Twitter’s shares soared after Tesla CEO Elon Musk disclosed on Monday a large stake in the social media company, which he has criticised for its approach to speech rights.
Musk, who has more than 80 million followers on the microblogging platform, became its largest shareholder following the purchase of 73.5m shares or 9.2% of common stock, according to a securities filing.
The investment is worth about $2.9b based on Friday’s share price. Musk is currently the world’s richest man, with a net worth of $287.6b, according to Forbes.
The billionaire is a frequent Twitter user, regularly mixing in inflammatory and controversial statements about issues or other public figures with remarks that are whimsical or business-focused.
He has also sparred repeatedly with federal securities regulators, who cracked down on his social media use after a purported effort to take Tesla private in 2018 fell apart.
Twitter shares rocketed higher on the announcement, surging 27.1% to $49.97.
“We would expect this passive stake as just the start of broader conversations with the Twitter board (and) management that could ultimately lead to an active stake and a (potentially) more aggressive ownership role of Twitter,” analysts Daniel Ives and John Katsingris of Wedbush wrote in a note.
Just buy Twitter
Disclosure of Musk’s stake follows a recent poll launched by the billionaire to his followers.
Saying “free speech is essential to a functioning democracy,” Musk, who has discussed possibly launching his own social media company, on March 25 launched a survey on Twitter that asked: “Do you believe Twitter rigorously adheres to this principle?”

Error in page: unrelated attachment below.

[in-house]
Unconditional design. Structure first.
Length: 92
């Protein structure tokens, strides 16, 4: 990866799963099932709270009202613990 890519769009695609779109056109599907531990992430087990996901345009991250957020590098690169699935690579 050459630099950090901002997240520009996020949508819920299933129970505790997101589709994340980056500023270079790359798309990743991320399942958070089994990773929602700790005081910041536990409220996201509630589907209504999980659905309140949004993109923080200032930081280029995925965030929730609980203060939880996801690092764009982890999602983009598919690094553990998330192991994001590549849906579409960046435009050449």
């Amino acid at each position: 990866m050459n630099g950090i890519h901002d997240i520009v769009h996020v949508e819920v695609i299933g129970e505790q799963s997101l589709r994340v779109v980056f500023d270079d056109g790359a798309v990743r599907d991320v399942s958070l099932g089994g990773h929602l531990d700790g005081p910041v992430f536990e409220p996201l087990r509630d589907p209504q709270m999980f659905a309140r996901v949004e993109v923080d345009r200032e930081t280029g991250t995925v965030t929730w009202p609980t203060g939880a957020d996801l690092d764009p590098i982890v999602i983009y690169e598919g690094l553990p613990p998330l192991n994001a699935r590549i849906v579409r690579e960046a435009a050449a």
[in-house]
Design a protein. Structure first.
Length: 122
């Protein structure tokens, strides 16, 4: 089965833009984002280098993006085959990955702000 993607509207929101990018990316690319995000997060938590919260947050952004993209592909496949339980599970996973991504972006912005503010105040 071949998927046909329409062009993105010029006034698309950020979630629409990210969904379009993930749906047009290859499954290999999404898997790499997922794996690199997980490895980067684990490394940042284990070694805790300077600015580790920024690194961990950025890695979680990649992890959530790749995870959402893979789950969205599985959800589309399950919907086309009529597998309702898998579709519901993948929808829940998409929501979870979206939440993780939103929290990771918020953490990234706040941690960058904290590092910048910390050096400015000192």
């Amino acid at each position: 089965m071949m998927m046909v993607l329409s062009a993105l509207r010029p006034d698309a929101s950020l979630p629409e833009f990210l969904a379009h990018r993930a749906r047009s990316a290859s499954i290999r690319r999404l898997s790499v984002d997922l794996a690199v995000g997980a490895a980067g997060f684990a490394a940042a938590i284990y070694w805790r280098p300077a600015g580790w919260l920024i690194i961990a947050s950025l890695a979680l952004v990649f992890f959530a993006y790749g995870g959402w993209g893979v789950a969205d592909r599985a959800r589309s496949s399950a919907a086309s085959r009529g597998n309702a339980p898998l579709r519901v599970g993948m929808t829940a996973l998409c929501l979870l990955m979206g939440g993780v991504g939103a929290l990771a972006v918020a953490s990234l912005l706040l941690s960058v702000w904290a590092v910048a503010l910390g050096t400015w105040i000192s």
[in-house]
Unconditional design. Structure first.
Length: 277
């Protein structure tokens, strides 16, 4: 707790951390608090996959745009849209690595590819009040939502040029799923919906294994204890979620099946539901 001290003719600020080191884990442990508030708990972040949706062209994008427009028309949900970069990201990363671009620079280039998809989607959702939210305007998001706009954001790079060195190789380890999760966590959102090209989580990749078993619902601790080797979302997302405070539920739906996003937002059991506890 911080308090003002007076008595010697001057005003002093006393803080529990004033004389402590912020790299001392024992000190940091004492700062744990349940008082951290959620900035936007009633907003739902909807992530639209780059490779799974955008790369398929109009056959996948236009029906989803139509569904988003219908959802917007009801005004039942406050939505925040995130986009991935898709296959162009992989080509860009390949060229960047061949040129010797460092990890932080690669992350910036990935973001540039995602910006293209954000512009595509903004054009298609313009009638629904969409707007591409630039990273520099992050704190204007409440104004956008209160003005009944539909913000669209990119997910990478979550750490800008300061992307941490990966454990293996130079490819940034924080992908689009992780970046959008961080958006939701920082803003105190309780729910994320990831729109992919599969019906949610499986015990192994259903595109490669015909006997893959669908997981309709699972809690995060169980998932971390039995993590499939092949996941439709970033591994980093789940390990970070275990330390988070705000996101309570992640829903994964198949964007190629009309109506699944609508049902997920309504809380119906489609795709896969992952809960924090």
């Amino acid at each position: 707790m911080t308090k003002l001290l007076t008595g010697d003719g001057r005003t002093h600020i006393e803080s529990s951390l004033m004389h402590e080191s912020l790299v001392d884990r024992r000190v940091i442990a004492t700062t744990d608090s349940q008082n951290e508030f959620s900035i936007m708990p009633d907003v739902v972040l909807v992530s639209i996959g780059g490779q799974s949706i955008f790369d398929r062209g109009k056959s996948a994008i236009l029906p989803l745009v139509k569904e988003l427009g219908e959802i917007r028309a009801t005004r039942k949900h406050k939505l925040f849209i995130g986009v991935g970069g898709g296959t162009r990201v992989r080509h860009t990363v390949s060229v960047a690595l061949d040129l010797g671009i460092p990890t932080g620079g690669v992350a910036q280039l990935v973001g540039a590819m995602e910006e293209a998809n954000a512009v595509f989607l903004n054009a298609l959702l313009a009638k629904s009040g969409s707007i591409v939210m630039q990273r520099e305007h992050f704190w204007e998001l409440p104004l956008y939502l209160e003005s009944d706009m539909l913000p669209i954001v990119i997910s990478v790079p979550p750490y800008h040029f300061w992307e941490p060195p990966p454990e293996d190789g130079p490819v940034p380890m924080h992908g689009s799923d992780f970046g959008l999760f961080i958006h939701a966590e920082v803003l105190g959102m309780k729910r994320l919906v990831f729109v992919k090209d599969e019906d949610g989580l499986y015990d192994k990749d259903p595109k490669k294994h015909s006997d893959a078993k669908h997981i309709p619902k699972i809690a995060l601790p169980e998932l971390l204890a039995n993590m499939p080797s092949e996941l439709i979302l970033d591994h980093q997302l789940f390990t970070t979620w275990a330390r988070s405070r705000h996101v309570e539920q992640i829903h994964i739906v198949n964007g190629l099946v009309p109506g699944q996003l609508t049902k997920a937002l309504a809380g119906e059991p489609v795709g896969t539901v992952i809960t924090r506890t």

More than two million people voted in the poll, with over 70% saying “no.”
“Given that Twitter serves as the de facto public town square, failing to adhere to free speech principles fundamentally undermines democracy. What should be done?” he continued the next day. “Is a new platform needed?”
“Just buy Twitter,” was one of the first responses from tens of thousands of users.
US political conservatives have long complained that the platform censors right-wing voices, an assertion the company denies.
Its critics in particular cite Twitter’s decision to ban Donald Trump over the former US president’s role in fomenting the January 6, 2021 attack on the US Capitol.
Twitter has also at times punished Representative Marjorie Taylor Greene, a far right Georgia congresswoman who has repeatedly posted misinformation about COVID-19 and vaccines against it.
Greene welcomed Musk’s investment on Twitter, tweeting “freedom of speech restored will enable us all to defeat them.”
Musk has cited the right to freedom of speech as a driver of his efforts to undo an agreement with the Securities and Exchange Commission (SEC) that tightened his use of the social media platform following his August 2018 tweet that funding was “secured” to take Tesla private.
The following month, Musk agreed to pay $20m to settle SEC charges of securities fraud over the claim, and to institute new controls and procedures to oversee his communications.
But Musk’s attorneys have asked a federal court to cancel the agreement, saying the agency has pursed “endless unfounded investigations” into the Tesla boss and his company because Musk “remains an outspoken critic of the government.”
Musk has also used Twitter to court controversy away from the business world: in March he challenged Russian President Vladimir Putin to a fight following the invasion of Ukraine, and in February, Musk drew condemnation for a tweet comparing Canadian leader Justin Trudeau to Adolf Hitler.
The billionaire famously sparred with a British caver who belittled Musk’s offer to help rescue young soccer players trapped in a cave in Thailand in the summer of 2018.
Musk called the caver, Vernon Unsworth, “pedo guy” on Twitter.
Unsworth sued Musk for defamation, but a Los Angeles jury sided with the billionaire in December 2019 following a trial.